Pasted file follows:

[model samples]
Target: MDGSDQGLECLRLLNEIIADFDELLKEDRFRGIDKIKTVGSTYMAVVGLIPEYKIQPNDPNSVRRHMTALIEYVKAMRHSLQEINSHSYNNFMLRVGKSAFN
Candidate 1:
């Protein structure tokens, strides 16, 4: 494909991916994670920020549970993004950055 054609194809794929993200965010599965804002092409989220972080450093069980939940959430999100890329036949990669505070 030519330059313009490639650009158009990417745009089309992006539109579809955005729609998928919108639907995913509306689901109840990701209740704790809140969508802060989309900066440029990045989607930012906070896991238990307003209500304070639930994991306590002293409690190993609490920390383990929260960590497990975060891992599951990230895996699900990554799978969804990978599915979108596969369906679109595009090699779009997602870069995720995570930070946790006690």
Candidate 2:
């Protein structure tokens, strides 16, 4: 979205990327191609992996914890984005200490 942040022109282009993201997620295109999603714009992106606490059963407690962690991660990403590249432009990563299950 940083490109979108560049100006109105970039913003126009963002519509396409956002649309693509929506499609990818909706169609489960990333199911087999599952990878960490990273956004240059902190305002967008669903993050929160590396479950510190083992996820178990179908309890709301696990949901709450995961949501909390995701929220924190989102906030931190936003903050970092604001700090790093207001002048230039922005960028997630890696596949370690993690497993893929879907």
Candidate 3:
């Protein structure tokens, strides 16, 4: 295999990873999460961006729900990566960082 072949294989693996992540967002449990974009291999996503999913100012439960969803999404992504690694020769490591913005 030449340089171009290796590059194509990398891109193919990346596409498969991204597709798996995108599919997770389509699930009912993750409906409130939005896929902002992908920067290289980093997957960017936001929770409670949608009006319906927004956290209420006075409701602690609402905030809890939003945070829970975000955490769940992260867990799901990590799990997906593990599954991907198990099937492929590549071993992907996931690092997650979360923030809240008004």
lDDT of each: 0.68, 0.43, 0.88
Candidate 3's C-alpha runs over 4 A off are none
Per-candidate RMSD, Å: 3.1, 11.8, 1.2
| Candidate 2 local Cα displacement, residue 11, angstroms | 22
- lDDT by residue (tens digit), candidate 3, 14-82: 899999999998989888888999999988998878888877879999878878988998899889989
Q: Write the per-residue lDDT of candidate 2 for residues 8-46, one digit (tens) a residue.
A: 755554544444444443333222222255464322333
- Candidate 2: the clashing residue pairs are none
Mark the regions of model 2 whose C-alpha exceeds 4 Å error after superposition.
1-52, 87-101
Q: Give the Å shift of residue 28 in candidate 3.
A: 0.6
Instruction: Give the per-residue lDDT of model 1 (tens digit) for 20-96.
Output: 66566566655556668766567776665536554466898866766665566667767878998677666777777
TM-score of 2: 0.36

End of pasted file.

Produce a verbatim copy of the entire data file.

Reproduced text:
[model samples]
Target: MDGSDQGLECLRLLNEIIADFDELLKEDRFRGIDKIKTVGSTYMAVVGLIPEYKIQPNDPNSVRRHMTALIEYVKAMRHSLQEINSHSYNNFMLRVGKSAFN
Candidate 1:
């Protein structure tokens, strides 16, 4: 494909991916994670920020549970993004950055 054609194809794929993200965010599965804002092409989220972080450093069980939940959430999100890329036949990669505070 030519330059313009490639650009158009990417745009089309992006539109579809955005729609998928919108639907995913509306689901109840990701209740704790809140969508802060989309900066440029990045989607930012906070896991238990307003209500304070639930994991306590002293409690190993609490920390383990929260960590497990975060891992599951990230895996699900990554799978969804990978599915979108596969369906679109595009090699779009997602870069995720995570930070946790006690």
Candidate 2:
């Protein structure tokens, strides 16, 4: 979205990327191609992996914890984005200490 942040022109282009993201997620295109999603714009992106606490059963407690962690991660990403590249432009990563299950 940083490109979108560049100006109105970039913003126009963002519509396409956002649309693509929506499609990818909706169609489960990333199911087999599952990878960490990273956004240059902190305002967008669903993050929160590396479950510190083992996820178990179908309890709301696990949901709450995961949501909390995701929220924190989102906030931190936003903050970092604001700090790093207001002048230039922005960028997630890696596949370690993690497993893929879907």
Candidate 3:
């Protein structure tokens, strides 16, 4: 295999990873999460961006729900990566960082 072949294989693996992540967002449990974009291999996503999913100012439960969803999404992504690694020769490591913005 030449340089171009290796590059194509990398891109193919990346596409498969991204597709798996995108599919997770389509699930009912993750409906409130939005896929902002992908920067290289980093997957960017936001929770409670949608009006319906927004956290209420006075409701602690609402905030809890939003945070829970975000955490769940992260867990799901990590799990997906593990599954991907198990099937492929590549071993992907996931690092997650979360923030809240008004």
lDDT of each: 0.68, 0.43, 0.88
Candidate 3's C-alpha runs over 4 A off are none
Per-candidate RMSD, Å: 3.1, 11.8, 1.2
| Candidate 2 local Cα displacement, residue 11, angstroms | 22
- lDDT by residue (tens digit), candidate 3, 14-82: 899999999998989888888999999988998878888877879999878878988998899889989
Q: Write the per-residue lDDT of candidate 2 for residues 8-46, one digit (tens) a residue.
A: 755554544444444443333222222255464322333
- Candidate 2: the clashing residue pairs are none
Mark the regions of model 2 whose C-alpha exceeds 4 Å error after superposition.
1-52, 87-101
Q: Give the Å shift of residue 28 in candidate 3.
A: 0.6
Instruction: Give the per-residue lDDT of model 1 (tens digit) for 20-96.
Output: 66566566655556668766567776665536554466898866766665566667767878998677666777777
TM-score of 2: 0.36